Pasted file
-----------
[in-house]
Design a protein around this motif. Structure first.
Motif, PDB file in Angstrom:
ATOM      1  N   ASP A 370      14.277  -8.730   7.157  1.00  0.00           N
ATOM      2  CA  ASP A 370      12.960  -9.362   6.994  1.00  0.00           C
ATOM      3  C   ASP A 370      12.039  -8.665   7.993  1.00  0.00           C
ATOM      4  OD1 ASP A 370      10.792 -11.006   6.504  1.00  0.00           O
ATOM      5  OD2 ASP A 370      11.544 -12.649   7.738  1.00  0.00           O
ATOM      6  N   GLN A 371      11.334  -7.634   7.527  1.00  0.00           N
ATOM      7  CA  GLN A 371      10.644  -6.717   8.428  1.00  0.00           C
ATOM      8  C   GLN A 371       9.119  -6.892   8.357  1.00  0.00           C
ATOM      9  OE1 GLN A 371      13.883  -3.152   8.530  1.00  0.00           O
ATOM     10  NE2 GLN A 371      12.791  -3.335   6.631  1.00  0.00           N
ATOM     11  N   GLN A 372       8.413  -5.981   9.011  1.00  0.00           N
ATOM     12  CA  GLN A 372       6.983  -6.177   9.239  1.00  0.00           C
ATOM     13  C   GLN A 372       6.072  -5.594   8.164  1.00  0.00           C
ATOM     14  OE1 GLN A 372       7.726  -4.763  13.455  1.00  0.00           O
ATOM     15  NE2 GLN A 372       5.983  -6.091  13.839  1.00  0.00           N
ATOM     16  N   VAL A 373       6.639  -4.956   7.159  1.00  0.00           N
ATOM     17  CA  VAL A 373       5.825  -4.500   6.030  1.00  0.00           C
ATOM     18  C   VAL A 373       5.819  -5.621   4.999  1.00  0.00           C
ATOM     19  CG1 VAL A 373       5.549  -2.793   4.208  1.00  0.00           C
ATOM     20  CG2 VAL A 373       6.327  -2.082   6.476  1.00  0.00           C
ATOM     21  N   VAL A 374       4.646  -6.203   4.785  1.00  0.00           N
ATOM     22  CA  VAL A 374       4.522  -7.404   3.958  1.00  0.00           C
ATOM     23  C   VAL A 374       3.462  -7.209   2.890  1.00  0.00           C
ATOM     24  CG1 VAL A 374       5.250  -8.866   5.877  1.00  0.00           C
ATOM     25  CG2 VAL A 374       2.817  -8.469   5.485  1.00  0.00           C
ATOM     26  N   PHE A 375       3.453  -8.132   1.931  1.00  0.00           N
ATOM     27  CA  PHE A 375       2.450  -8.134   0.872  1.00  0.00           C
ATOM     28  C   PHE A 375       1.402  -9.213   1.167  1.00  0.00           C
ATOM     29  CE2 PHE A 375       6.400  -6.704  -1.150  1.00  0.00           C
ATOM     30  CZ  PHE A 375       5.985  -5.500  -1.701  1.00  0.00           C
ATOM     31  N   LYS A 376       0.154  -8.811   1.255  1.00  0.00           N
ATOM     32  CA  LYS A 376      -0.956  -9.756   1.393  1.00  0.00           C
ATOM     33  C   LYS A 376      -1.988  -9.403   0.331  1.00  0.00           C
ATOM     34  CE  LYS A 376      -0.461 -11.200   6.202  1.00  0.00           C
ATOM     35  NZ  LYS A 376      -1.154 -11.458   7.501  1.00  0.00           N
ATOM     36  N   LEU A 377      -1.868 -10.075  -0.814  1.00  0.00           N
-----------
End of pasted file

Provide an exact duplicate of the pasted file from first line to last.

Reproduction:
[in-house]
Design a protein around this motif. Structure first.
Motif, PDB file in Angstrom:
ATOM      1  N   ASP A 370      14.277  -8.730   7.157  1.00  0.00           N
ATOM      2  CA  ASP A 370      12.960  -9.362   6.994  1.00  0.00           C
ATOM      3  C   ASP A 370      12.039  -8.665   7.993  1.00  0.00           C
ATOM      4  OD1 ASP A 370      10.792 -11.006   6.504  1.00  0.00           O
ATOM      5  OD2 ASP A 370      11.544 -12.649   7.738  1.00  0.00           O
ATOM      6  N   GLN A 371      11.334  -7.634   7.527  1.00  0.00           N
ATOM      7  CA  GLN A 371      10.644  -6.717   8.428  1.00  0.00           C
ATOM      8  C   GLN A 371       9.119  -6.892   8.357  1.00  0.00           C
ATOM      9  OE1 GLN A 371      13.883  -3.152   8.530  1.00  0.00           O
ATOM     10  NE2 GLN A 371      12.791  -3.335   6.631  1.00  0.00           N
ATOM     11  N   GLN A 372       8.413  -5.981   9.011  1.00  0.00           N
ATOM     12  CA  GLN A 372       6.983  -6.177   9.239  1.00  0.00           C
ATOM     13  C   GLN A 372       6.072  -5.594   8.164  1.00  0.00           C
ATOM     14  OE1 GLN A 372       7.726  -4.763  13.455  1.00  0.00           O
ATOM     15  NE2 GLN A 372       5.983  -6.091  13.839  1.00  0.00           N
ATOM     16  N   VAL A 373       6.639  -4.956   7.159  1.00  0.00           N
ATOM     17  CA  VAL A 373       5.825  -4.500   6.030  1.00  0.00           C
ATOM     18  C   VAL A 373       5.819  -5.621   4.999  1.00  0.00           C
ATOM     19  CG1 VAL A 373       5.549  -2.793   4.208  1.00  0.00           C
ATOM     20  CG2 VAL A 373       6.327  -2.082   6.476  1.00  0.00           C
ATOM     21  N   VAL A 374       4.646  -6.203   4.785  1.00  0.00           N
ATOM     22  CA  VAL A 374       4.522  -7.404   3.958  1.00  0.00           C
ATOM     23  C   VAL A 374       3.462  -7.209   2.890  1.00  0.00           C
ATOM     24  CG1 VAL A 374       5.250  -8.866   5.877  1.00  0.00           C
ATOM     25  CG2 VAL A 374       2.817  -8.469   5.485  1.00  0.00           C
ATOM     26  N   PHE A 375       3.453  -8.132   1.931  1.00  0.00           N
ATOM     27  CA  PHE A 375       2.450  -8.134   0.872  1.00  0.00           C
ATOM     28  C   PHE A 375       1.402  -9.213   1.167  1.00  0.00           C
ATOM     29  CE2 PHE A 375       6.400  -6.704  -1.150  1.00  0.00           C
ATOM     30  CZ  PHE A 375       5.985  -5.500  -1.701  1.00  0.00           C
ATOM     31  N   LYS A 376       0.154  -8.811   1.255  1.00  0.00           N
ATOM     32  CA  LYS A 376      -0.956  -9.756   1.393  1.00  0.00           C
ATOM     33  C   LYS A 376      -1.988  -9.403   0.331  1.00  0.00           C
ATOM     34  CE  LYS A 376      -0.461 -11.200   6.202  1.00  0.00           C
ATOM     35  NZ  LYS A 376      -1.154 -11.458   7.501  1.00  0.00           N
ATOM     36  N   LEU A 377      -1.868 -10.075  -0.814  1.00  0.00           N